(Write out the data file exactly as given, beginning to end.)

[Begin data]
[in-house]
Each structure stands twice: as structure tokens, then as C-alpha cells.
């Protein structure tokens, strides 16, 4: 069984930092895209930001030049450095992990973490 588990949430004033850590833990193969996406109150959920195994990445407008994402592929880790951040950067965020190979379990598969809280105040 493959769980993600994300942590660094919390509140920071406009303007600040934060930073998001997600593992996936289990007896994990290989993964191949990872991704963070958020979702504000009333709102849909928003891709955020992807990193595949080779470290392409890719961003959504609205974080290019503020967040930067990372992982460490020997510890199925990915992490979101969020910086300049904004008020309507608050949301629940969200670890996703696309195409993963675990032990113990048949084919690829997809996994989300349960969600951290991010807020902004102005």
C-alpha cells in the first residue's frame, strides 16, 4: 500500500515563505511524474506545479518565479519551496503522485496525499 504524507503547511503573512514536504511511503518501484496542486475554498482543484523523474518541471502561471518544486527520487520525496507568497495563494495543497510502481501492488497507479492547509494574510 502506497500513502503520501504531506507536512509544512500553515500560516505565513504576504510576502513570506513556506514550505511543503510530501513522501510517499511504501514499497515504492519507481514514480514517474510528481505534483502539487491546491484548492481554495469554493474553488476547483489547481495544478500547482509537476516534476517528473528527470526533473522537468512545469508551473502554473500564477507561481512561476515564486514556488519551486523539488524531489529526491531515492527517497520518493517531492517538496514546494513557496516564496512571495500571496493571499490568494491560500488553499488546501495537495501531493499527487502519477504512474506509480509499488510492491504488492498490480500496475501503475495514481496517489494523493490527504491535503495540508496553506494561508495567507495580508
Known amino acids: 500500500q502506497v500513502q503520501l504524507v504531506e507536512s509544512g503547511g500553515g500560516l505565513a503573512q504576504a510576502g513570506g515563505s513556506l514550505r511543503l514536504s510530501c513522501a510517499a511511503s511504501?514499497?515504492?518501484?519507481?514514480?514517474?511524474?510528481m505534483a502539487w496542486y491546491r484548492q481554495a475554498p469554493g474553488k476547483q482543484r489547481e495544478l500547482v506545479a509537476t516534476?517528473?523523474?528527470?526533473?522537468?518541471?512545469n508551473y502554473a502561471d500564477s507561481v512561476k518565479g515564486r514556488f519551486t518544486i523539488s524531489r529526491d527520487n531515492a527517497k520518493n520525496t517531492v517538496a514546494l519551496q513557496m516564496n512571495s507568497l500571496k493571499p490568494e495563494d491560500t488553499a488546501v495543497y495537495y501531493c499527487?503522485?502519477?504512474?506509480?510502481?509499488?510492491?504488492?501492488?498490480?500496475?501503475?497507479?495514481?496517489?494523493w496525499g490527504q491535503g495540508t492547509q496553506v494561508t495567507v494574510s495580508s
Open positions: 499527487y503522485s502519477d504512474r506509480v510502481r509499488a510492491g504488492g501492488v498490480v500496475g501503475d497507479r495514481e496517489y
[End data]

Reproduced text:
[in-house]
Each structure stands twice: as structure tokens, then as C-alpha cells.
């Protein structure tokens, strides 16, 4: 069984930092895209930001030049450095992990973490 588990949430004033850590833990193969996406109150959920195994990445407008994402592929880790951040950067965020190979379990598969809280105040 493959769980993600994300942590660094919390509140920071406009303007600040934060930073998001997600593992996936289990007896994990290989993964191949990872991704963070958020979702504000009333709102849909928003891709955020992807990193595949080779470290392409890719961003959504609205974080290019503020967040930067990372992982460490020997510890199925990915992490979101969020910086300049904004008020309507608050949301629940969200670890996703696309195409993963675990032990113990048949084919690829997809996994989300349960969600951290991010807020902004102005």
C-alpha cells in the first residue's frame, strides 16, 4: 500500500515563505511524474506545479518565479519551496503522485496525499 504524507503547511503573512514536504511511503518501484496542486475554498482543484523523474518541471502561471518544486527520487520525496507568497495563494495543497510502481501492488497507479492547509494574510 502506497500513502503520501504531506507536512509544512500553515500560516505565513504576504510576502513570506513556506514550505511543503510530501513522501510517499511504501514499497515504492519507481514514480514517474510528481505534483502539487491546491484548492481554495469554493474553488476547483489547481495544478500547482509537476516534476517528473528527470526533473522537468512545469508551473502554473500564477507561481512561476515564486514556488519551486523539488524531489529526491531515492527517497520518493517531492517538496514546494513557496516564496512571495500571496493571499490568494491560500488553499488546501495537495501531493499527487502519477504512474506509480509499488510492491504488492498490480500496475501503475495514481496517489494523493490527504491535503495540508496553506494561508495567507495580508
Known amino acids: 500500500q502506497v500513502q503520501l504524507v504531506e507536512s509544512g503547511g500553515g500560516l505565513a503573512q504576504a510576502g513570506g515563505s513556506l514550505r511543503l514536504s510530501c513522501a510517499a511511503s511504501?514499497?515504492?518501484?519507481?514514480?514517474?511524474?510528481m505534483a502539487w496542486y491546491r484548492q481554495a475554498p469554493g474553488k476547483q482543484r489547481e495544478l500547482v506545479a509537476t516534476?517528473?523523474?528527470?526533473?522537468?518541471?512545469n508551473y502554473a502561471d500564477s507561481v512561476k518565479g515564486r514556488f519551486t518544486i523539488s524531489r529526491d527520487n531515492a527517497k520518493n520525496t517531492v517538496a514546494l519551496q513557496m516564496n512571495s507568497l500571496k493571499p490568494e495563494d491560500t488553499a488546501v495543497y495537495y501531493c499527487?503522485?502519477?504512474?506509480?510502481?509499488?510492491?504488492?501492488?498490480?500496475?501503475?497507479?495514481?496517489?494523493w496525499g490527504q491535503g495540508t492547509q496553506v494561508t495567507v494574510s495580508s
Open positions: 499527487y503522485s502519477d504512474r506509480v510502481r509499488a510492491g504488492g501492488v498490480v500496475g501503475d497507479r495514481e496517489y